Counting The Carbon Cost Of Palm Oil

Every hectare of rainforest converted to oil palm plantation releases 174 tons of carbon in the form of carbon dioxide, researchers say.

AsianScientist (Jul. 5, 2018) – Scientists have found that the conversion of rainforest land into oil palm plantations leaves a large carbon footprint. Their findings are published in Nature Communications.

Indonesia and Malaysia account for nearly 85 percent of global palm oil production. This oil is commonly used in processed foods, cosmetics and biofuels. While it is inexpensive, the environmental and social costs of its production are high. Each year, thousands of hectares of rainforest disappear to meet the growing demand for palm oil worldwide.

In this study, a team led by Dr. Thomas Guillaume at the Ecole Polytechnique Federale de Lausanne (EPFL), Switzerland, investigated the environmental impact of oil palm cultivation in Indonesia. Drawing on more than two years of data collected by the University of Göttingen on the soil and vegetation in central Sumatra, the researchers compared the impact of oil palm monoculture with that of rubber cultivation practices.

Converting rainforest land into oil palm plantations was linked to significant levels of carbon emissions: one hectare of converted land equated to a loss of 174 tons of carbon in the form of carbon dioxide. Intensive rubber farming, on the other hand, is associated with a loss of 159 tons of carbon, while extensive rubber production corresponds to 116 tons. This difference between oil palms and rubber plants owes largely to the shorter plantation rotation time of oil palms.

“The quantity of carbon released when just one hectare of forest is cleared to grow oil palms is roughly equivalent to the amount of carbon produced by 530 people flying from Geneva to New York in economy class,” said Guillaume of EPFL.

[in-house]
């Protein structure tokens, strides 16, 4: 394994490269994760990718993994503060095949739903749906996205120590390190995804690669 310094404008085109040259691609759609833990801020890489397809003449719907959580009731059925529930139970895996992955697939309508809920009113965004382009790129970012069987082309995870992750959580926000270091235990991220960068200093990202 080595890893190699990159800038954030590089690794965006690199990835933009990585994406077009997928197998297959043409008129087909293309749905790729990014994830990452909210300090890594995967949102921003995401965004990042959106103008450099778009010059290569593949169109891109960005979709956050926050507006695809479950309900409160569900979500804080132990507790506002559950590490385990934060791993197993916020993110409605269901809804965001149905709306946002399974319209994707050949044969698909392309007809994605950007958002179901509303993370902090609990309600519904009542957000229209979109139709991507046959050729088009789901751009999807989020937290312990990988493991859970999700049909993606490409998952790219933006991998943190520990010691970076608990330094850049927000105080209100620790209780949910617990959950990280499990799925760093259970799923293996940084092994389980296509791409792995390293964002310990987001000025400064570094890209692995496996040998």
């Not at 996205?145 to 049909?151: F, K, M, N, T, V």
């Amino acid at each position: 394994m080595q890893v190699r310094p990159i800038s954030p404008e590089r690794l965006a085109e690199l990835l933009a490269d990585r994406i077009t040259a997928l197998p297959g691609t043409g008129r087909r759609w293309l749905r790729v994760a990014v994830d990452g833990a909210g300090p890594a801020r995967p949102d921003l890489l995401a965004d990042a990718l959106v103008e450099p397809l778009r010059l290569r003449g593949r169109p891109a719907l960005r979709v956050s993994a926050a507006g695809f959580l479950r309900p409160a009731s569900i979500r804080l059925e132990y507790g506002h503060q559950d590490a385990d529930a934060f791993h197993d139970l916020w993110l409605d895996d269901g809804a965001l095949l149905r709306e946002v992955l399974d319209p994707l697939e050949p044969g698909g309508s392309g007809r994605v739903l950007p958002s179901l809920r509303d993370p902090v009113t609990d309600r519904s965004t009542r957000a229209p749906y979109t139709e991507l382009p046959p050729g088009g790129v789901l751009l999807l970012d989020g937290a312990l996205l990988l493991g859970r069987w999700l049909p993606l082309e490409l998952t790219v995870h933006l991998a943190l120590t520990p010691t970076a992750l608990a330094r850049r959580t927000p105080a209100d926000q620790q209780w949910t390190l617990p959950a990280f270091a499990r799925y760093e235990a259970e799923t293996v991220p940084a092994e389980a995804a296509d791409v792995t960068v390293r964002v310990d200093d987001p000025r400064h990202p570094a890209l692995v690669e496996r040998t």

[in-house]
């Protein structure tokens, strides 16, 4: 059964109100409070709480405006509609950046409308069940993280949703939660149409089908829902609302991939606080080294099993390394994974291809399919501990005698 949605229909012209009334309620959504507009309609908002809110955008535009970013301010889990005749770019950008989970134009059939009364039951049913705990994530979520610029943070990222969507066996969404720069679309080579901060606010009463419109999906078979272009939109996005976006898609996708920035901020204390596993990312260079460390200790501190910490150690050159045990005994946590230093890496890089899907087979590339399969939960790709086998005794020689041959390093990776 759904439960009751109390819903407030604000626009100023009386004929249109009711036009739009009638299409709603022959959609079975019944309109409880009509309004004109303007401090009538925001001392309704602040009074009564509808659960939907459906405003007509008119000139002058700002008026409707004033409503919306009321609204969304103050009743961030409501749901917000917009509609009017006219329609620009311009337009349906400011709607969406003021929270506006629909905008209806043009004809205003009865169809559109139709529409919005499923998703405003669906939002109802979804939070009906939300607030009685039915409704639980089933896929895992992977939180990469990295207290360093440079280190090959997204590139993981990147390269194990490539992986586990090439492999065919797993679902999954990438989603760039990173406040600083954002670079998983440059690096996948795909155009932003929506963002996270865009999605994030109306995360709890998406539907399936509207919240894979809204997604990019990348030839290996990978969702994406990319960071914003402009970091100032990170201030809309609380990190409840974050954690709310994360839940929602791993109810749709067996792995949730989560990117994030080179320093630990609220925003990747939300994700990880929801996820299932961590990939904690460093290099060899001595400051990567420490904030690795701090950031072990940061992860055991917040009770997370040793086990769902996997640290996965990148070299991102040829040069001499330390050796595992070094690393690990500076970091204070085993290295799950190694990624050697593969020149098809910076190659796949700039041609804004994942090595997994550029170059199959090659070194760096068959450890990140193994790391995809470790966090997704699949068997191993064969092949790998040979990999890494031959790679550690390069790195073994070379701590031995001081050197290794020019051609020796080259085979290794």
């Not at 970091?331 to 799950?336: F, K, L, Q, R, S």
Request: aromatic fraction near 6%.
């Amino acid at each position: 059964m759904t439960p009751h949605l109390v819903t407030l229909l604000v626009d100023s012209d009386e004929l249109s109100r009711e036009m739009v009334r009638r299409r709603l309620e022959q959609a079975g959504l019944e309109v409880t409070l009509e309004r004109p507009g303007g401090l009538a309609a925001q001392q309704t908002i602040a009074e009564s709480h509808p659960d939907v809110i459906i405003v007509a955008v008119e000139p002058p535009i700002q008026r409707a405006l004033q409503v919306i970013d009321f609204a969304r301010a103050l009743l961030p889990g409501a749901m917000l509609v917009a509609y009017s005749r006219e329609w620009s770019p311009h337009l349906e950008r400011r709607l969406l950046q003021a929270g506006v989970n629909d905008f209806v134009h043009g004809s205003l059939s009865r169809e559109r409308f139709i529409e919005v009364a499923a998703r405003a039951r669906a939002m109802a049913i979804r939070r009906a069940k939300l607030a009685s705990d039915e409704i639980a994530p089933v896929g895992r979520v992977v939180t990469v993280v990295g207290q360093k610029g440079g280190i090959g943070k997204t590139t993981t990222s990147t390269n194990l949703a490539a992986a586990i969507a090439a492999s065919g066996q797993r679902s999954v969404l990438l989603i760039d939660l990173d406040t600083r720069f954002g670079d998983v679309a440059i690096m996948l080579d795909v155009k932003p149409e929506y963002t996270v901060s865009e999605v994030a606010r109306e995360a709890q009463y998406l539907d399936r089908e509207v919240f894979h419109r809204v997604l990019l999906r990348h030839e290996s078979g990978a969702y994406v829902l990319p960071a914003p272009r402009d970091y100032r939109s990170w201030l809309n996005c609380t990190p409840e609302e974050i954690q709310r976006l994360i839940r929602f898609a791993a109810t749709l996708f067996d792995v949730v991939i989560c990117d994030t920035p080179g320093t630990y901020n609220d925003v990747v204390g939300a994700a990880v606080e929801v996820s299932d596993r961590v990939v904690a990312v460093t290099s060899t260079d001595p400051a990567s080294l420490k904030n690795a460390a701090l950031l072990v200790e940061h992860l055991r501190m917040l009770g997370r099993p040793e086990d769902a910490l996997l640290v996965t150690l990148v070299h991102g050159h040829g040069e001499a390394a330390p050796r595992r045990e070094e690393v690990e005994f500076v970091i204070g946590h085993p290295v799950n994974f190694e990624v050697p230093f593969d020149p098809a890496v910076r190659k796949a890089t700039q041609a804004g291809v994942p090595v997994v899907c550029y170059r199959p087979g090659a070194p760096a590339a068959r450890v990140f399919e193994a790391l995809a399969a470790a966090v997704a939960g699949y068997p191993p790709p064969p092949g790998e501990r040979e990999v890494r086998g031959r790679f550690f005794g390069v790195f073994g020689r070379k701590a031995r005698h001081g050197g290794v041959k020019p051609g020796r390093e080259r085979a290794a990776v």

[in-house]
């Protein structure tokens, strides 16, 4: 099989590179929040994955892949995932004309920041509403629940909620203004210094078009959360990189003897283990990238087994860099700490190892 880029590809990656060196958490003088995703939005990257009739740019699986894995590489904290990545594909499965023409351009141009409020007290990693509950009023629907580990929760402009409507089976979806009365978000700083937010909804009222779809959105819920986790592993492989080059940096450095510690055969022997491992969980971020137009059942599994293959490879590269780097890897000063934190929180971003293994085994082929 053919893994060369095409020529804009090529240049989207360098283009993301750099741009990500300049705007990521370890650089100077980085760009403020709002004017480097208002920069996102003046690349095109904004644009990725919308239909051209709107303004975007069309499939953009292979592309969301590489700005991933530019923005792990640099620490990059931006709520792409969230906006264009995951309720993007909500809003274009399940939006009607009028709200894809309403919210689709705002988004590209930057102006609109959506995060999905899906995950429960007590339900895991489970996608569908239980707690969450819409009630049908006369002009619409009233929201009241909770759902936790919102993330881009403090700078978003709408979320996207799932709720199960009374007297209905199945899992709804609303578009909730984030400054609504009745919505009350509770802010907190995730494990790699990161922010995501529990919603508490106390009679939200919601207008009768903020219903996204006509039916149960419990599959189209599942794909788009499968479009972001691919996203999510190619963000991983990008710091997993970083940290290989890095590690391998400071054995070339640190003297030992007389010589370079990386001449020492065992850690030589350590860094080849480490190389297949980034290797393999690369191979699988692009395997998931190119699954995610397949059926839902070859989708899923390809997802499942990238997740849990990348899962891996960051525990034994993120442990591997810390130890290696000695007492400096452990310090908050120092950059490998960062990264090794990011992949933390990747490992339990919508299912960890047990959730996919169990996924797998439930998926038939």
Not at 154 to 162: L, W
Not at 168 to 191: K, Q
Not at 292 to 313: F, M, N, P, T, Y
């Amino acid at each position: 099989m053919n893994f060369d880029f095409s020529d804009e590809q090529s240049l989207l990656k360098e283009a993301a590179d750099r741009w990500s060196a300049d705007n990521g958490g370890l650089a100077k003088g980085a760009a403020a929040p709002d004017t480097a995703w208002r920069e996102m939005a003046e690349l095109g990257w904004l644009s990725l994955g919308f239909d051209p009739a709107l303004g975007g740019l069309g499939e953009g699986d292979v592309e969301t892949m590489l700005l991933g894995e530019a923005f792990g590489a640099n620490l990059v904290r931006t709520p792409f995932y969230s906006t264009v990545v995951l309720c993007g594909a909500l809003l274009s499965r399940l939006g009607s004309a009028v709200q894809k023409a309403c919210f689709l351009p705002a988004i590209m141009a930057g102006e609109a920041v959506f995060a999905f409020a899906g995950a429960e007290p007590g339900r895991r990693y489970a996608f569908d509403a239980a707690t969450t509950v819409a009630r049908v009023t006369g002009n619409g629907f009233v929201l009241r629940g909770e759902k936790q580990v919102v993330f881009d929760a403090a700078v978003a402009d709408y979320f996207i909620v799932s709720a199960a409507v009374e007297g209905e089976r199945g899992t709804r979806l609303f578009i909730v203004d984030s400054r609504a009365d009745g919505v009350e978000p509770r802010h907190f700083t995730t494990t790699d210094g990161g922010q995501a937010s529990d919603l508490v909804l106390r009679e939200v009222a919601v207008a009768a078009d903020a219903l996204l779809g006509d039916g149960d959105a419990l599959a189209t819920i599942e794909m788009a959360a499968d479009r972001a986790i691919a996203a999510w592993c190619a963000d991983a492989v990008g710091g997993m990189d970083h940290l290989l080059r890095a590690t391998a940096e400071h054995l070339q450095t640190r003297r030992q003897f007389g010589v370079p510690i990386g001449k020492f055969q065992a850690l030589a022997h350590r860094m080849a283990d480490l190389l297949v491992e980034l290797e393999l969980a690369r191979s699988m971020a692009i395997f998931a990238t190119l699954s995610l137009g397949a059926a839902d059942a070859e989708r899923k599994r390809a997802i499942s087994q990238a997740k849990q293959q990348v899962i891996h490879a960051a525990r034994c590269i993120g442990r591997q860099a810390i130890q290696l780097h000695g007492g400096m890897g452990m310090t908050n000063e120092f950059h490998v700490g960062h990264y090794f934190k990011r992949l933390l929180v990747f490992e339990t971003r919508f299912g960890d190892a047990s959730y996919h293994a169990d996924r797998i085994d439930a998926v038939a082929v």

Following the harvesting of oil palm, the scientists observed that the amount of biomass that returns to the soil in oil palm plantations was 90 percent lower than that in a rainforest. This is because the soil on oil palm plantations is constantly being cleared and treated with pesticides to make the farmers’ work easier. As a result, large amounts of fertilizers are needed to make up for the loss of fertility in the soil and the decrease in its biological activity.

The researchers thus recommend that deforestation should only be carried out if the wood that is felled can be used without being burned. In addition, a more abundant layer of vegetation should be left on the ground as a natural fertilizer. Finally, the waste from palm oil mills should be returned to the soil as another form of fertilizer.

The article can be found at: Guillaume et al. (2018) Carbon Costs and Benefits of Indonesian Rainforest Conversion to Plantations.


Source: Ecole Polytechnique Federale de Lausanne.
Disclaimer: This article does not necessarily reflect the views of AsianScientist or its staff.

Asian Scientist Magazine is an award-winning science and technology magazine that highlights R&D news stories from Asia to a global audience. The magazine is published by Singapore-headquartered Wildtype Media Group.

Related Stories from Asian Scientist